Everyone involved in projects by Waters or Zappa is the “cream of the crop”. Whether they be technicians, musicians, vocalists or personal assistants – I am positive they are held to the highest standards of excellence. I’m sure it doesn’t matter if they are making coffee or tweaking a knob on a 96/24 audio console; everything has to be spot on. There are no shortcuts. Dedication to audio perfectionism requires state of the art gear, tweaked by technical experts and massaged by audio artists. Both shows had this in spades. Since Dweezil was playing a much more intimate show, I can’t knock him for not bringing the Qadrophonic rig like Waters did. I’m not even sure Frank envisioned this material as multi-channel. The balls-on stereo imaging present at the Zappa show more than made up for the lack of quad.
Roger brings with him a personal tale of fear, regret, disconnectedness and an anti-establishment world view. I can relate to that. I get the story. I love the story. I’ve seen it on the big screen, small screen, mid-sized screens and now on Ultra-Huge screens. Great story. Emotionally charged. Power packed.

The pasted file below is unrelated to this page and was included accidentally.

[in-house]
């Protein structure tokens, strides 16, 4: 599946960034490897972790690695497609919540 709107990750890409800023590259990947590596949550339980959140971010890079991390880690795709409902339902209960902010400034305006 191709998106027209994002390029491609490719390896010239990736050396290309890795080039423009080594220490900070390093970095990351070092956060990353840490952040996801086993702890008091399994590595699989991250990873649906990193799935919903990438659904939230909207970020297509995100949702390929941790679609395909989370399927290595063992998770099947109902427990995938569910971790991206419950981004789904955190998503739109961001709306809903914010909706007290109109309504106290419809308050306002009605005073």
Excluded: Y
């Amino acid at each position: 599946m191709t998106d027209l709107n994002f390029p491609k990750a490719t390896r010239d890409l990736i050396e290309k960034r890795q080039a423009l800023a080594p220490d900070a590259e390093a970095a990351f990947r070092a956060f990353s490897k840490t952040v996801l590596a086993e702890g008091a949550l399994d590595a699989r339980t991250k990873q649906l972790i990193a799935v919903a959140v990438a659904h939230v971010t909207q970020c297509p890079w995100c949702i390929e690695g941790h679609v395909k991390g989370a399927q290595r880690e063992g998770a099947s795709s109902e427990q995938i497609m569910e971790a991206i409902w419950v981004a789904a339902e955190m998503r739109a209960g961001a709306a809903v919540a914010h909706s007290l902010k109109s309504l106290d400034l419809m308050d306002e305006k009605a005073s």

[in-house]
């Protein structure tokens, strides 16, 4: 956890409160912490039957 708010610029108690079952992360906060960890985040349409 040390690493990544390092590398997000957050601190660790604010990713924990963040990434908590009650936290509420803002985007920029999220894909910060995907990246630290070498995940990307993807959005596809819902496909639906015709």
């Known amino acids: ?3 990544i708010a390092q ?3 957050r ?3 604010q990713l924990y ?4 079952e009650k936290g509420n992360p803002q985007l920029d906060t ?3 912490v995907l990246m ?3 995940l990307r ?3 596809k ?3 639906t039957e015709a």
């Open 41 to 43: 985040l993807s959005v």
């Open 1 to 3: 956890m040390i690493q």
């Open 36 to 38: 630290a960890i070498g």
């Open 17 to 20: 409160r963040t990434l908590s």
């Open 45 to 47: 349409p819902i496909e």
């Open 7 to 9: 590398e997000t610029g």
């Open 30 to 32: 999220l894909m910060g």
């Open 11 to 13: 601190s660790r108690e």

Zappa’s tales are a bit more fun. Uplifting and whimsical at times. Dreamy and surreal. At one point, as Dweezil did a bit of improv on the guitar; he effortlessly played an instantly recognizable Jimmy Page riff. It was a fleeting, joyous moment. I felt a tear well up and roll out of the corner of my eye as I had an epiphany. Concerts at this level of musicianship aren’t always about the spectacle…they are about the music, and how it can transcend time and space.
So, there you have it folks. Big vs Small. Grand vs Intimate. Composer against composer. A tie. All things considered; either of these shows beats out any other plans for the night you might have had. You really have to see them to believe them. I can’t describe just how well both of these guys were able to capture a moment in time, bottle it and preserve it to be released upon an unsuspecting (or anxiously awaiting) public decades later. They are both incredible shows. Zappa and Waters – I salute you both.
Tags: Arizona, Audio, Breathing, CelticThunder, ComericaTheatre, Compressors, DodgeTheatre, Electronics, Phoenix, Violin, Vocals